Last fall, Karrie Webb entered the Hall of Fame with some impressive credentials.
At just 31 years old, however, Webb isn’t done adding to her resume.
A final-round 68 July 29 added victory No. 3 this year to Webb’s accomplishments and kept 16-year-old Michelle Wie from winning her first professional event.
Webb shot four rounds in the 60s to finish at 16-under 272, one shot better than Wie and Laura Davies.
“I am really thrilled actually. It was sort of an up-and-down day,” said
Webb, who moved past Lorena Ochoa into the No. 1 spot on the LPGA money list with $1,647,433. “I played very solidly. I did not play the front nine as well as I did the first few days. I played the back nine really solidly.”
Webb, who led by one shot entering the final round, was two behind Wie after 11 holes Saturday.
“I kind of told myself to get in there and start trusting myself a little bit more and just start believing in myself,” said Webb, who won for the 19th time in 30 attempts when leading going into the final round. “I played extremely well the last couple of holes. I thought I was going to have to get to 17 under, but 16 ended up being good enough.”
Besides battling Wie, Webb had to contend with veteran Davies, who was looking for her first victory since 2001. Davies just missed a 12-foot eagle putt to tie Webb at the last hole.
“I thought Laura played extremely well,” Webb said. “That is the best I have seen her play in a long time now and it is good to see her in contention and playing well.”
Wie, who will play the Weetabix Women’s British Open this week, tied for second for the second year in a row. Wie was an amateur when she tied for second here last year.
“When I look back at it, I could not have played harder today,” said Wie, who said she woke up with a stiff neck. “I played every shot as best as I could.
I feel like I played a great round today and shot 4 under. I’m getting very close. Today was the closest I’ve ever been. It’s not as easy as it would seem. I’m very proud that I’ve been playing this consistently. It’s an achievement on its own.”
Wie’s bucks: Michelle Wie has finished in the top 5 in every LPGA event she has played in 2006.
Wie was third at the Fields Open ($73,227), T-3 at the Kraft Nabisco ($108,222), T-5 at the McDonald’s LPGA Championship ($57,464),
T-3 at the U.S. Women’s Open ($156,038), lost in the quarterfinals at the Match Play (T-5, $50,000) and T-2 at Evian ($255,333).
She has earned $700,284 in six events and would be 14th on the money list if she were an LPGA member.
Strong finish for Davies:
Laura Davies, who has 20 career LPGA victories, has played 106 LPGA events since her last triumph.
“Under the pressure of this tournament, it’s been a good week, a great week,” said Davies, who tied for second. “Wonderful. I couldn’t be more pleased apart from the fact that the putt on the last missed. But I’ve got a feeling that if I’d have holed it Webby would have holed it too. It’s one of those things.”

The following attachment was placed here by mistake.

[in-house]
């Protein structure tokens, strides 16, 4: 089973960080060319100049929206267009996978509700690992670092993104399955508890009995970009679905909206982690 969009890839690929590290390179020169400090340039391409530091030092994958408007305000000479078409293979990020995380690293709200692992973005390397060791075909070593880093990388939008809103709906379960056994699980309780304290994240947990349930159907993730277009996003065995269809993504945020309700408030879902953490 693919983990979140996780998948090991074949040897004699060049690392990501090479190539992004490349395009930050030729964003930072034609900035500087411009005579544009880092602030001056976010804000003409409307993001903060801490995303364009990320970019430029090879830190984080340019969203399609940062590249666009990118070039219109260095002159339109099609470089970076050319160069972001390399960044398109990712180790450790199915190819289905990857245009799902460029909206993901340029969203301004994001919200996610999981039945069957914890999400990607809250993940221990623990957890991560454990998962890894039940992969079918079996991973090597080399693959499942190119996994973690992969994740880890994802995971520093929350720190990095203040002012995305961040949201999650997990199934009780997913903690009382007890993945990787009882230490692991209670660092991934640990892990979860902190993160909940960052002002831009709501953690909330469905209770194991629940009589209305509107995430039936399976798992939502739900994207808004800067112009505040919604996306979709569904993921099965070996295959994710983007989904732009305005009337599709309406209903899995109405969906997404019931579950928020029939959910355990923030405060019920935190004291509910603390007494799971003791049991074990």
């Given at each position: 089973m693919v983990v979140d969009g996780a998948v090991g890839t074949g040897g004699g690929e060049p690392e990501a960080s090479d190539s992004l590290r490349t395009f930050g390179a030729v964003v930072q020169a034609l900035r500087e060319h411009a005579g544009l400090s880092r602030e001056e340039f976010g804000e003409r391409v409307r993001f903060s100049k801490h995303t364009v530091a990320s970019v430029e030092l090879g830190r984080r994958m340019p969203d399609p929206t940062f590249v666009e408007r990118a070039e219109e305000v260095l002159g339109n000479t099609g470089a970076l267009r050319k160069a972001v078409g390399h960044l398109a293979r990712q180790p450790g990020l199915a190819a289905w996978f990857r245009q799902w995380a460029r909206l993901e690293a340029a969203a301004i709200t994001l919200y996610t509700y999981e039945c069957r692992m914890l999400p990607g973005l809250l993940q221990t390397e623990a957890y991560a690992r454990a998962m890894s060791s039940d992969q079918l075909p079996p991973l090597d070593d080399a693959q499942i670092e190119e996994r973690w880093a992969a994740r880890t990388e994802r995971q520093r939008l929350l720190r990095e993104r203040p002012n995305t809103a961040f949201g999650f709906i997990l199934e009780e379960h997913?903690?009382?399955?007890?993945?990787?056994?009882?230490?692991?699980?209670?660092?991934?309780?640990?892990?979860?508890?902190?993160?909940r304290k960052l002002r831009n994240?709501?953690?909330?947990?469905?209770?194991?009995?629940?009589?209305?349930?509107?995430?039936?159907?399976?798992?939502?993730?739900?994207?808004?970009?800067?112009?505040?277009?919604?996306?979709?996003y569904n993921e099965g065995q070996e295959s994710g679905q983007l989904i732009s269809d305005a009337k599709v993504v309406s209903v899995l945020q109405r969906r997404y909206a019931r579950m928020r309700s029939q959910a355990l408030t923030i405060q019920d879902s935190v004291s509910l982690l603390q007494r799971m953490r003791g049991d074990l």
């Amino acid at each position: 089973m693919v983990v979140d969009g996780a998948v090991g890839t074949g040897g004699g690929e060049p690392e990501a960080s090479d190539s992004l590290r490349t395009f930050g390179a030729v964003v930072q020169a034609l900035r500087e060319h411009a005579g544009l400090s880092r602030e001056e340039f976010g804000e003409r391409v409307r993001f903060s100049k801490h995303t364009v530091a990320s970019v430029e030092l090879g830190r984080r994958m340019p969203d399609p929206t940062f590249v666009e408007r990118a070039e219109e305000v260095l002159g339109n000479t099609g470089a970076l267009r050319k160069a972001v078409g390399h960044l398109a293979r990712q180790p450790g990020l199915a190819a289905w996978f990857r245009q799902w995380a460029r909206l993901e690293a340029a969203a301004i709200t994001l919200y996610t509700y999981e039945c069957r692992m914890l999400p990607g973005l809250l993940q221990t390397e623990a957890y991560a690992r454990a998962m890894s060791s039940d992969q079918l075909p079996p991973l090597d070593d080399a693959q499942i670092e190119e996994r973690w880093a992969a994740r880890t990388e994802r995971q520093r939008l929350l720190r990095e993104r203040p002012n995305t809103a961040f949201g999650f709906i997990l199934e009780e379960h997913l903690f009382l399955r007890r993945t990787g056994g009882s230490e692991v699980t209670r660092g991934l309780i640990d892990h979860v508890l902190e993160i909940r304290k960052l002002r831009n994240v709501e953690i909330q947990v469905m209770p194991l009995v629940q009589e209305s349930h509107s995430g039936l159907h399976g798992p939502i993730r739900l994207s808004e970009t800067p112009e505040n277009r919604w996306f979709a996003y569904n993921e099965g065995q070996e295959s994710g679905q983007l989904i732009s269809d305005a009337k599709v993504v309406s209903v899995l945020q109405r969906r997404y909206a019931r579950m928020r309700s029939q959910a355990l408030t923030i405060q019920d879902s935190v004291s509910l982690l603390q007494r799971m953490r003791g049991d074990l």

Davies last won at the 2001 Wegmans Rochester International.
Short shots: Davies, Nicole Perrot and Lorena Ochoa were among players who competed in a soccer match prior to the start of the tournament. Ochoa scored three goals. . . . In four trips to the Evian Masters, Ochoa has finished fifth or better. Ochoa had an albatross in the final round, holing a hybrid club from 191 yards on the par-5 ninth hole. . . . Two-time Evian Masters winner Annika Sorenstam (2000 and 2002) tied for eighth. . . . Defending champion Paula Creamer shot 65 in the final round to finish seventh. . . .
First-round co-leader Shani Waugh birdied her first three holes and five of her first seven for a 6-under 66. Waugh, who
has nonexempt status on the LPGA, was playing in the event because of her victory at the 2005 Thailand Ladies Open, an event on the Ladies European Tour. “To be honest I can’t visualize myself winning it,” said Waugh after the first day. “It would be too early to think about that anyway, but I’m just going to give it my best shot.” Waugh shot 73-77-75 the last three rounds to tie for 41st. . . . Heather Young aced the 113-yard 17th hole in Round 1 and won a Renault Modus car.
Meg Mallon birdied five holes in a row (Nos. 3-7) in Round 2.
– Staff and wire reports
On the tee
Next up: CN Canadian Women’s Open, Aug. 10-13, London Hunt and Country Club, London, Ontario. 2005 champion: Meena Lee.
The buzz: The tour continues its international route with trip north of the U.S. border following France (Evian) and England (British Open).